"The sacrifice you desire is a broken spirit. You will not reject a broken and a repentant heart, O God." -- Psalm 51:17
PSALM 51 is the prayer of David when Nathan the prophet came to him after he committed adultery with Bathsheba and also masterminded the murder of Uriah the husband of Bathsheba. Nathan came not as a political adviser but a prophet of God telling David of his sin and that how it has utterly displeased God! It's in the middle of this psalm that David mentioned God's desire for a broken spirit and a repentant heart more than any other sacrifices. Before verse 17 this chapter is filled with prayers from a broken heart like the one, we find in verse 10 "Create in me a clean heart, O God. Renew a loyal spirit within me. 11 Do not banish me from your presence, and don't take your Holy Spirit from me." This prayer is not only about nice words it came from a broken heart. Here we ask the questions what is a brokenness of spirit? Why is this pleasing to God? Is this a blessing or a curse? A reminder of guilt or a mentor of grace?
I think more than anything else what is so important here is to discover why is this brokenness of the spirit pleasing to God? And along with this question we can also ask how is this demonstrated in the life of David, specifically at that time David committed adultery with Bathsheba and masterminded the murder of Uriah. In our discourse we will not just talk about the sin, we will talk about the God who granted forgiveness in response to a broken spirit. It is very important to take note that the prayer of David from a broken spirit is a result of God's conviction of sin when God sent Prophet Nathan to rebuke David of his adultery with Bathsheba. It seems to me that before David actually uttered his prayer of repentance a painful process of brokenness is happening in his heart. And that process of brokenness led him to pray a prayer of repentance.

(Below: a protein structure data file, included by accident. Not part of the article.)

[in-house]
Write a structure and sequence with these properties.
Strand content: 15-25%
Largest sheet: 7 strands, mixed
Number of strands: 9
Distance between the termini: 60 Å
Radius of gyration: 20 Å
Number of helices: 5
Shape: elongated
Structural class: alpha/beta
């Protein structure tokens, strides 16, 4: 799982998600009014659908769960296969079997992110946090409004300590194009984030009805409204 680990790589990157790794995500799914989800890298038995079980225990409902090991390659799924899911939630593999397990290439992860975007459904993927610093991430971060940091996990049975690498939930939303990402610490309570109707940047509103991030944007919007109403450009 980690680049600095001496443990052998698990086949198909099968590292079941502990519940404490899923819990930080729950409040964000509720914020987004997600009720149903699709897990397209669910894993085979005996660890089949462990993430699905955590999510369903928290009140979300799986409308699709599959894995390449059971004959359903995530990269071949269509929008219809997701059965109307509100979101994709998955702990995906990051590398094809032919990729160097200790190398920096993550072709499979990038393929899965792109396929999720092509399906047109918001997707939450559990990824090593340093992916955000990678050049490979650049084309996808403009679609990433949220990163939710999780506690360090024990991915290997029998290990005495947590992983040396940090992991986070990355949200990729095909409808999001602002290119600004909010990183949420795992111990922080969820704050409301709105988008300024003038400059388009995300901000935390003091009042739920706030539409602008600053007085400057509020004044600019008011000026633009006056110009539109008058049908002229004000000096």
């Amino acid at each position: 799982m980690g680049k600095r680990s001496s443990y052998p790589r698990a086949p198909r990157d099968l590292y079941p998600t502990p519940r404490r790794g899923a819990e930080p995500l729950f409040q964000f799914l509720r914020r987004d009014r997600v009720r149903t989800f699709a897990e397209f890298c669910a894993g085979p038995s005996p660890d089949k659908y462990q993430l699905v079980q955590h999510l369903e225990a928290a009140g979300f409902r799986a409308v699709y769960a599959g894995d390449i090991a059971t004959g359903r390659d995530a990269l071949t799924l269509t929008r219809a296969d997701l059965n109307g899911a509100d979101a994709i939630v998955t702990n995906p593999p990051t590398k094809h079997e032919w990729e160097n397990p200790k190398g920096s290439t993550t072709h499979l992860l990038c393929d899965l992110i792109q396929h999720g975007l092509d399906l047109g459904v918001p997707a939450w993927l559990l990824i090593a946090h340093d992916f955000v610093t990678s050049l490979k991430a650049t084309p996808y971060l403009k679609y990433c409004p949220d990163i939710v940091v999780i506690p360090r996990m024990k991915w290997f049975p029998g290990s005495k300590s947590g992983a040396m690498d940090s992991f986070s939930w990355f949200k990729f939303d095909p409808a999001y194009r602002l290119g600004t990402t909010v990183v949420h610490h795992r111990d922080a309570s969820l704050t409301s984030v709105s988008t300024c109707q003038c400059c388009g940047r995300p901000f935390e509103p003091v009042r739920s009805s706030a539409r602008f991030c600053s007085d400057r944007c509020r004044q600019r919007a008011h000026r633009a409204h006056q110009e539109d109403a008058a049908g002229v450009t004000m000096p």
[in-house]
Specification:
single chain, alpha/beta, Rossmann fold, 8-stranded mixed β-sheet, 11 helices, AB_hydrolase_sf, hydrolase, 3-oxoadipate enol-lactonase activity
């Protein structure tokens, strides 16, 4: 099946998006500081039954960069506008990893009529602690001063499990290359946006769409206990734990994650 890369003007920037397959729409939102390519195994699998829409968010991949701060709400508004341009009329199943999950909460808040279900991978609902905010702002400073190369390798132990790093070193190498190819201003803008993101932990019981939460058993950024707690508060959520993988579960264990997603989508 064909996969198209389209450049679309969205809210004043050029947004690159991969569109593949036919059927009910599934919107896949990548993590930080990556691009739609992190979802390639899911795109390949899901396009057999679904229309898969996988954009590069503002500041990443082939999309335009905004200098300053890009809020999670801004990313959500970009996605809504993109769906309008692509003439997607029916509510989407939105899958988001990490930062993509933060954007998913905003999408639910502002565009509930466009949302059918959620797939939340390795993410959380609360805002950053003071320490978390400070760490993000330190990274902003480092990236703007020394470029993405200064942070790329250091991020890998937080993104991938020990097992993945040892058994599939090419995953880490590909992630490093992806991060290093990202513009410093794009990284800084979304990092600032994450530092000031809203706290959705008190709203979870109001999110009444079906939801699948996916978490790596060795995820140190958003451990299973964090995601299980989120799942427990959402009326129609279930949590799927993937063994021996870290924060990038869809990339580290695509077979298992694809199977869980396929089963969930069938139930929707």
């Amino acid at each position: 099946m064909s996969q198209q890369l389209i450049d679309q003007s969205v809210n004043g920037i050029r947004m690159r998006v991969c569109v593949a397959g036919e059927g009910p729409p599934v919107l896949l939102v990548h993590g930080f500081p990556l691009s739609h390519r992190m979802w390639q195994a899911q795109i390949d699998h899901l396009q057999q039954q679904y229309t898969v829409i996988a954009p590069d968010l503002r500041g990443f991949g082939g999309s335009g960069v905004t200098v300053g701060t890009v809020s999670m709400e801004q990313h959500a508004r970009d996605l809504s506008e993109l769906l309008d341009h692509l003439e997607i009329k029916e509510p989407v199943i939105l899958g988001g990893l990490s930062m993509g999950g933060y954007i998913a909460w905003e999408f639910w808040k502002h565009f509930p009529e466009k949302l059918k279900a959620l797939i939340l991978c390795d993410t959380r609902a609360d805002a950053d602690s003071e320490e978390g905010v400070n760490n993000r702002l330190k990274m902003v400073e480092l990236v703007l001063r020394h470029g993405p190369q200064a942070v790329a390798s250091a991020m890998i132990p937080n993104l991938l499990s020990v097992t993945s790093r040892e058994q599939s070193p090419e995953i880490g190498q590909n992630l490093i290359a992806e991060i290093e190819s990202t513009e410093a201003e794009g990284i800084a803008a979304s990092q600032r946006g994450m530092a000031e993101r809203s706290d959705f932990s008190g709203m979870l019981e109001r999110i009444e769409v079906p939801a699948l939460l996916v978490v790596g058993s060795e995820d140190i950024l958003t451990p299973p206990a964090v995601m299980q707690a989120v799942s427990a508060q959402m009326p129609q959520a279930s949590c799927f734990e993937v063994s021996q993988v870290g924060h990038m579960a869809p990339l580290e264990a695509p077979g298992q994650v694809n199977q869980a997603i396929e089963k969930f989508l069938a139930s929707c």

What then is brokenness? And why is this a pleasing sacrifice to the Lord? Not all brokenness of spirit is scandal related but they are all pride related. In the case of David brokenness became a tool by which David can know God and respond to Him in repentance. In the case of Job, Joseph and Jeremiah's brokenness is not related to an obvious sin yet brokenness unveiled a not so obvious sin of relying on our own strength rather than God. God allowed Job to experience a brokenness none of us would want. Take time to read the book of Job and you will find out that in the most mysterious way Job's suffering led him to discover God in the most unique way. Jeremiah's brokenness is another mysterious blow to the prophet who never had "success" in ministry as religion would expect. Through lamentations and many weeping Jeremiah knew God. Joseph's story is perhaps the more appealing because in the end he was vindicated. Yet what this young man went through brought him closer to God more than anything else.
Honestly, after reading their stories in the bible I will not blame you if like me I don't like this process of brokenness. Like our Covid Captivity is a unique way God is allowing this process to happen again. Pain and suffering are too deep to handle just theological discussions. Because intellectual discussions alone are not enough to help us survive these realities of life. Job, Jeremiah, and Joseph and David they all filed their plea to God admitting that this is beyond my human strength and beyond my theology and way, way beyond my limit!
Is God a sadist that he requires this for his children? Or have we become too proud beyond our recognition? I think what we can get out of this topic is not about a satisfactory answer that will solve the mystery behind it. Rather, we are prayerful that God will make us see the beauty behind this. And out of that we come out transformed, refined, and responsive to God. I must admit that in the discussion level none of this will make sense.
Because it is not meant to just be discussed it is meant to be experienced! Perhaps God will send a little light that though we may not understand this, we will begin to recognize a divine purpose in this long process. And somehow, we can say no wonder God desires a broken spirit.